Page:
Following is the full text of the speech delivered by the Financial Secretary, Mr Antony Leung, at the Hong Kong General Chamber of Commerce Luncheon today (June 6):
Christopher, ladies and gentlemen,
I am honoured to be invited to speak at a luncheon of this venerable chamber which recently celebrated its 140th anniversary. That is quite an achievement in this day and age when the landscape can change virtually overnight. So, I am comforted by the fact there are still many familiar faces in the audience today!
Churchill once said "there is nothing wrong with change, if it is in the right direction". Hong Kong is a living example of it. We have gone through more changes in the past three decades than most cities have in a century. And each time, I believe, it has been in the right direction. The people of Hong Kong have adapted to change and adapted to it well. On occasions this may not have been easy, but once we set our sights on a target we usually score.
You only have to cast your minds back to the time when our entrepreneurs, operating out of nothing more than flatted factories, were capturing the world market for plastic flowers. And Hong Kong wigs of every style and colour were being worn by fashion conscious women in the world's capitals. No sooner had this fad slipped from popularity, Hong Kong-made electronic gadgets were the craze. And there was more to come. Hong Kong was a centre of change.
Then, as China began to slowly open its doors to the world, we were able to tap into a country rich in resources. Land was plentiful and labour abundant. Of course, you are all familiar with the rest of the story. Our manufacturing industries moved across the boundary and we began changing into a services economy. But we never lost touch with one of our greatest skills, trading.
Hong Kong was handling an ever increasing flow of trade into and out of China. Our far-sighted business men and women were continuing to exercise their uncanny ability to read the changing trends. And take advantage of them as they were about to happen.
Apart from some short-lived troughs, Hong Kong experienced a period of almost unhindered economic growth. This success story, fuelled by a bubble economy of ever rising property prices and speculative fervour, continued into the mid-1990s. Flushed with so much success, we perhaps became a bit arrogant. Some of our competitors may well have been hoping that we would trip and fall.
The crunch did come and it affected the whole region. We suffered our first full blown recession in recent memory. Five straight quarters of negative GDP growth. The younger generation had never lived through anything like this before. Many people were left in negative equity as a result of falling property prices. Unemployment, which hitherto had been at historically low levels, reached a new peak. It was only natural that people felt insecure. Their confidence has been sapped.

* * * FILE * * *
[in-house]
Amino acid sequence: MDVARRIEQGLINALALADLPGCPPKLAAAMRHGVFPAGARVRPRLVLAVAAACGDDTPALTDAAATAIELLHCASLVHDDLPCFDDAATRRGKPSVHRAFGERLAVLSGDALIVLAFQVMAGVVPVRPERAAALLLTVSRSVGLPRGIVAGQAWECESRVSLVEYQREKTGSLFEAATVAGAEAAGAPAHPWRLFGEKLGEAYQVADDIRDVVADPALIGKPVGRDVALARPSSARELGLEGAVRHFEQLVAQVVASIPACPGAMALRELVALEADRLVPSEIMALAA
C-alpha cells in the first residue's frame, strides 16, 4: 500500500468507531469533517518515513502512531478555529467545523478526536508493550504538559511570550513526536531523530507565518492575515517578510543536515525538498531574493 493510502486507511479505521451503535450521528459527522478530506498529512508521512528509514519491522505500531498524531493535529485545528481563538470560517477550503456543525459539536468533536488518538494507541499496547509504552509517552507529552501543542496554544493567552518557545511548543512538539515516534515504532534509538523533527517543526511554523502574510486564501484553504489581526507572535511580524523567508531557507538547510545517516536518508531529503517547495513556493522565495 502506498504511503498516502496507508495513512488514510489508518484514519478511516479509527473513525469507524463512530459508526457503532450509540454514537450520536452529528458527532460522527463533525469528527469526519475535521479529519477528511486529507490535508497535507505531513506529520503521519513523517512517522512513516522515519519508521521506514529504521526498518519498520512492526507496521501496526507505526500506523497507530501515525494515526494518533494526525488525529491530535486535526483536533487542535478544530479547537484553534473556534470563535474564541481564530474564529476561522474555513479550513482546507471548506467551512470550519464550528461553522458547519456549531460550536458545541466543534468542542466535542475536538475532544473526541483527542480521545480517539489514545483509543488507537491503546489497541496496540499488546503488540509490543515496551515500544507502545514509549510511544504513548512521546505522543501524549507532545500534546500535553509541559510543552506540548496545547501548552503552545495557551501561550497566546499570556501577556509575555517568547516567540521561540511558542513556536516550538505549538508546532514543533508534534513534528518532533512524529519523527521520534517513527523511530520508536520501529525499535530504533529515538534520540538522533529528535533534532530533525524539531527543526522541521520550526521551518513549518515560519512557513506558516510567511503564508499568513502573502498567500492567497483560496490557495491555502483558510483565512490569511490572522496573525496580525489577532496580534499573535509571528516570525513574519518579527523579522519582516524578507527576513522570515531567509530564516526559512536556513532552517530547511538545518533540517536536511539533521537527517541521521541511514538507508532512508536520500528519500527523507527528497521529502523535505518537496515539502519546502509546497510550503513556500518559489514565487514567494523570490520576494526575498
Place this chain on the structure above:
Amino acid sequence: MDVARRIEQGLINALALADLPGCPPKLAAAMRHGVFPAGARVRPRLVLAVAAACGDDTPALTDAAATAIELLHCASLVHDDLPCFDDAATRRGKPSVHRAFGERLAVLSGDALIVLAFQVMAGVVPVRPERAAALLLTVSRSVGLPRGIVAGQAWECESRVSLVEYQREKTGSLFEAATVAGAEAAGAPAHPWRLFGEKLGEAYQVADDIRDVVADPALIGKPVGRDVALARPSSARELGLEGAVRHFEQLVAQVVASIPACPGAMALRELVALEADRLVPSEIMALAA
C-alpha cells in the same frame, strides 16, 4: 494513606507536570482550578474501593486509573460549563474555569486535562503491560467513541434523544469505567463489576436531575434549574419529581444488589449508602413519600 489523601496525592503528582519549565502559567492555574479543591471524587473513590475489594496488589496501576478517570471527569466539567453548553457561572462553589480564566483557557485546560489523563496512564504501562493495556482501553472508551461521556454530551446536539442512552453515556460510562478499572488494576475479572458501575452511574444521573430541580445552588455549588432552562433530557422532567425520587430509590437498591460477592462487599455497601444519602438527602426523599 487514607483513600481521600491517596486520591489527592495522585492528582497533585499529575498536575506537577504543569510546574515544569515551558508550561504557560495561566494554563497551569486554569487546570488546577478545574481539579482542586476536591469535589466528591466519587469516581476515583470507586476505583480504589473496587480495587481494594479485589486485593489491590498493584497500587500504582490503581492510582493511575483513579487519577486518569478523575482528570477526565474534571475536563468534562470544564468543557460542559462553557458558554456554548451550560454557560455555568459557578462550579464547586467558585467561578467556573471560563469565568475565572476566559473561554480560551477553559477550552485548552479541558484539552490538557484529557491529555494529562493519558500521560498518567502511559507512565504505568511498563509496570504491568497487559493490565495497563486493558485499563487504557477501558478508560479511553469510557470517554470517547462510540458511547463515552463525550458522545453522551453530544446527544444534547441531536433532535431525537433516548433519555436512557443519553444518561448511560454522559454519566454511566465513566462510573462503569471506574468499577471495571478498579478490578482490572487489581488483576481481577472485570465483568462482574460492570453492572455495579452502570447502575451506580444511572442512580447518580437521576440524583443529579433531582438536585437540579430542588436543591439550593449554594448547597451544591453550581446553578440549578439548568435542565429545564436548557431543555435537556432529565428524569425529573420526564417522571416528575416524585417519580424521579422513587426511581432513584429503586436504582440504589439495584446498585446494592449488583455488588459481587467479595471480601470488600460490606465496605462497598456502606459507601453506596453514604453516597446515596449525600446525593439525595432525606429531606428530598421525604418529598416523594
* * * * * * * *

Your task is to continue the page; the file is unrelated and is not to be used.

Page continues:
The recession also coincided with two other fundamental changes. The information age, which was being driven by the IT revolution, was ushering in a new era - the globalised knowledge-based economy. At the same time, we see the increasing integration of Hong Kong and the Mainland economies, the latter having tremendous cost advantage. The people of Hong Kong have always been able to embrace change. But the combined effects of the recession, the wide ranging reforms being undertaken to strengthen our systems, the switch to the new economy, and deflation as a result of adjustment to the price level of the Mainland, were proving quite daunting.
Indeed, there is probably no other economy the size of Hong Kong which has had to cope with so much change over such a short space of time. Even when our economy rebounded strongly, as it did last year, it was still not sufficiently broad-based to filter through to all sectors of the community. This year we have to contend with a slowing world economy. But, I remain optimistic about our long term potential. I am a Hong Kong believer.
Together we have come through a lot over the past few years. Now, we need to renew that faith in ourselves. Re-kindle the can-do spirit to meet the opportunities and challenges ahead. And change itself provides those opportunities. We have done this throughout our history. There is no reason why we can't continue doing it now by drawing on our inner strengths: the typical get-up-and-go entrepreneurial flair Hong Kong people have for achieving their goals without relying on the government to hold their hand.